It's my retirement goal to do a trip across the US, starting at the Brooklyn Bridge, ending at the Golden Gate in SF, and seeing as many national parks as possible while crossing the US. I'd aim to do some 500+ mile days, but not too many, and not in a row. I want to really see and enjoy things along the way! I had a friend go across on his SWing, but his travel habits are not compatible with mine, and I couldn't take enough time off work to really do the trip right, anyway. The cost may end up keeping me from doing it in the end - but maybe not! I wouldn't hesitate to get on my scooter and set off cross country tomorrow. It's the most dependable thing I know of, and I am confident I could do 400-500 miles a day for many, many days in a row. Maybe not 10 years from now, but I hope to do this ride within 5 years.
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bigtrain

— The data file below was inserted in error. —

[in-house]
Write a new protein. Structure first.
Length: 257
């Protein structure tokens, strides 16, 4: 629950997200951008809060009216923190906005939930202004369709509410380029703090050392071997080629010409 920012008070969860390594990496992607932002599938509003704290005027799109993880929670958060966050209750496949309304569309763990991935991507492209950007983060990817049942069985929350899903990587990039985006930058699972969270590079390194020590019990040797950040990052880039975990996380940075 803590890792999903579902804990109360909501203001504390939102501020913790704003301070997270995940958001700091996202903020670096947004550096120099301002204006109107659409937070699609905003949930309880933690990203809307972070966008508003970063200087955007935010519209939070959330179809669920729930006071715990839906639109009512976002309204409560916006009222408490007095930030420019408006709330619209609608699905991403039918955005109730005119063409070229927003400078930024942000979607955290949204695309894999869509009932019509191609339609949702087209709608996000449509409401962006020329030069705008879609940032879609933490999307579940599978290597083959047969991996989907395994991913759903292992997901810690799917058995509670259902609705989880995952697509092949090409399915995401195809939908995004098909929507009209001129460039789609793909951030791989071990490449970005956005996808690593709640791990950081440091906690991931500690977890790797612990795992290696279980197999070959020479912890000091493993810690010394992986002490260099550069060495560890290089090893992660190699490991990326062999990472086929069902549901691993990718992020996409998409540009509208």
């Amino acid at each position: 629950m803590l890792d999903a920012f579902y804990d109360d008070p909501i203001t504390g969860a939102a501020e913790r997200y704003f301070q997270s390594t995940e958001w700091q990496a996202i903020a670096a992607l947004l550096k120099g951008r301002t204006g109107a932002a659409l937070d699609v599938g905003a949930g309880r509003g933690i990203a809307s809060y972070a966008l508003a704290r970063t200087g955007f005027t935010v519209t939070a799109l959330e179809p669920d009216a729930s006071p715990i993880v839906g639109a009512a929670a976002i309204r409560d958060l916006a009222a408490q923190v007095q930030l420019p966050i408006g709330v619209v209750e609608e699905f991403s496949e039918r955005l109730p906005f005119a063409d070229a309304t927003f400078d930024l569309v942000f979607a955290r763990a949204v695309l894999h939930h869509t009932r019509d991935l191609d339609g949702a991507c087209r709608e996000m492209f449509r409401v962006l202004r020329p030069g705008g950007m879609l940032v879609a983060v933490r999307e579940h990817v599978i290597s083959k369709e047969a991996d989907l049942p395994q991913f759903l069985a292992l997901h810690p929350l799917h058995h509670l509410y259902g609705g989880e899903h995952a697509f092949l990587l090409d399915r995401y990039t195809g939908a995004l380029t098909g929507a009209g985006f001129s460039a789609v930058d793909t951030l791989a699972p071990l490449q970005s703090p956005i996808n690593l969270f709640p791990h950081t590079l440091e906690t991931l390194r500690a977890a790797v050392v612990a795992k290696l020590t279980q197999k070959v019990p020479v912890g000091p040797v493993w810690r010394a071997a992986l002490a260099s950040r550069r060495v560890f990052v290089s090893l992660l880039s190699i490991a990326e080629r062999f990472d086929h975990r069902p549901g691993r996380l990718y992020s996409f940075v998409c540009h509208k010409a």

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PostSubject: Re: long distance rides-------------Pros and Cons   Tue Jan 07, 2014 7:42 pm

R. Redhead, Forgive my ignorance...what is a RAM cup holder? BT
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RamblinRedhead
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PostSubject: Re: long distance rides-------------Pros and Cons   Wed Jan 08, 2014 7:10 am

RAM is an overall system - it comes with a universal "ball" connector that can be attached to things in several ways - to the handlebar with a U bolt, with connector plates, etc. Mine is bolted to the top of my brake fluid reservoir. Then you can attach "arms" to the ball connector, and they can hold all kinds of things. In my case, it's a cup holder, the kind that swings on curves, to supposedly keep your beverages from sloshing about too much. It's great for a cup of coffee, a soda, or a water bottle for long days of riding. I also have a separate RAM ball bolted to the top of my dash with a bent metal plate my brother made for me, and that is what my Garmin attaches to, and then plugs into a Marine-grade power plug he installed in my glove box (there was actually a tab inside the box for it). The cup holder is also handy for tooling around town, or stuffing my gloves into while I'm doing my pre-ride check, getting the helmet on, etc.